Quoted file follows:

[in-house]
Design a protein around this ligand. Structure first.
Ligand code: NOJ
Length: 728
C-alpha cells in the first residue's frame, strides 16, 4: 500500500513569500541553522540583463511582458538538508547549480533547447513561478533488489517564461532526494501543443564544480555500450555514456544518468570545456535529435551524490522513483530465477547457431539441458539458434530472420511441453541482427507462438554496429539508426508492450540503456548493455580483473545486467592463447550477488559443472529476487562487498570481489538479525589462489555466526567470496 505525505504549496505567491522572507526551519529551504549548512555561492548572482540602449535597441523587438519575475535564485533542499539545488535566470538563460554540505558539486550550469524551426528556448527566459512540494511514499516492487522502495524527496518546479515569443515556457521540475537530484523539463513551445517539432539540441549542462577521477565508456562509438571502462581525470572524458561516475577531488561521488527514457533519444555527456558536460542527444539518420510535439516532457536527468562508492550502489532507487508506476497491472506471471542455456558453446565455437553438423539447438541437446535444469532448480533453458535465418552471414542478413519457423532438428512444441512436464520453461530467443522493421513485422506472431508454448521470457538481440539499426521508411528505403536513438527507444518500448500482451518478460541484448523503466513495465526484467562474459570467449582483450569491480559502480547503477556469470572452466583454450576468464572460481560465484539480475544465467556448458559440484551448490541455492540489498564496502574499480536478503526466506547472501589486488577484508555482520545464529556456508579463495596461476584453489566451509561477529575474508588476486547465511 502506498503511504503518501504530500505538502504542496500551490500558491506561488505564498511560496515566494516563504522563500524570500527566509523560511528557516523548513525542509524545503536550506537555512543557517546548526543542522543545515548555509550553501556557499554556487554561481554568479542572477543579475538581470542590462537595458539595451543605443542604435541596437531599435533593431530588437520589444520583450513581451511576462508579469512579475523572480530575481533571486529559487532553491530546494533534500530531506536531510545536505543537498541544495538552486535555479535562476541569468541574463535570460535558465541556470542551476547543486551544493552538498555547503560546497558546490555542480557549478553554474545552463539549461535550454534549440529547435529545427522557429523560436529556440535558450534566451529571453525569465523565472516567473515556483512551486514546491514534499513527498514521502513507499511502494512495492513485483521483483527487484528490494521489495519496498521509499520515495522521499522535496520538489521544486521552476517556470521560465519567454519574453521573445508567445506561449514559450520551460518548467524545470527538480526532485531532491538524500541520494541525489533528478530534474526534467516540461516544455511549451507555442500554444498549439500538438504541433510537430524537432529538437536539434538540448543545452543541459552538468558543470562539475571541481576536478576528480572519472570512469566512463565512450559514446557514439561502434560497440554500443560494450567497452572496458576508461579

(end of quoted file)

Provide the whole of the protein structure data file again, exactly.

[in-house]
Design a protein around this ligand. Structure first.
Ligand code: NOJ
Length: 728
C-alpha cells in the first residue's frame, strides 16, 4: 500500500513569500541553522540583463511582458538538508547549480533547447513561478533488489517564461532526494501543443564544480555500450555514456544518468570545456535529435551524490522513483530465477547457431539441458539458434530472420511441453541482427507462438554496429539508426508492450540503456548493455580483473545486467592463447550477488559443472529476487562487498570481489538479525589462489555466526567470496 505525505504549496505567491522572507526551519529551504549548512555561492548572482540602449535597441523587438519575475535564485533542499539545488535566470538563460554540505558539486550550469524551426528556448527566459512540494511514499516492487522502495524527496518546479515569443515556457521540475537530484523539463513551445517539432539540441549542462577521477565508456562509438571502462581525470572524458561516475577531488561521488527514457533519444555527456558536460542527444539518420510535439516532457536527468562508492550502489532507487508506476497491472506471471542455456558453446565455437553438423539447438541437446535444469532448480533453458535465418552471414542478413519457423532438428512444441512436464520453461530467443522493421513485422506472431508454448521470457538481440539499426521508411528505403536513438527507444518500448500482451518478460541484448523503466513495465526484467562474459570467449582483450569491480559502480547503477556469470572452466583454450576468464572460481560465484539480475544465467556448458559440484551448490541455492540489498564496502574499480536478503526466506547472501589486488577484508555482520545464529556456508579463495596461476584453489566451509561477529575474508588476486547465511 502506498503511504503518501504530500505538502504542496500551490500558491506561488505564498511560496515566494516563504522563500524570500527566509523560511528557516523548513525542509524545503536550506537555512543557517546548526543542522543545515548555509550553501556557499554556487554561481554568479542572477543579475538581470542590462537595458539595451543605443542604435541596437531599435533593431530588437520589444520583450513581451511576462508579469512579475523572480530575481533571486529559487532553491530546494533534500530531506536531510545536505543537498541544495538552486535555479535562476541569468541574463535570460535558465541556470542551476547543486551544493552538498555547503560546497558546490555542480557549478553554474545552463539549461535550454534549440529547435529545427522557429523560436529556440535558450534566451529571453525569465523565472516567473515556483512551486514546491514534499513527498514521502513507499511502494512495492513485483521483483527487484528490494521489495519496498521509499520515495522521499522535496520538489521544486521552476517556470521560465519567454519574453521573445508567445506561449514559450520551460518548467524545470527538480526532485531532491538524500541520494541525489533528478530534474526534467516540461516544455511549451507555442500554444498549439500538438504541433510537430524537432529538437536539434538540448543545452543541459552538468558543470562539475571541481576536478576528480572519472570512469566512463565512450559514446557514439561502434560497440554500443560494450567497452572496458576508461579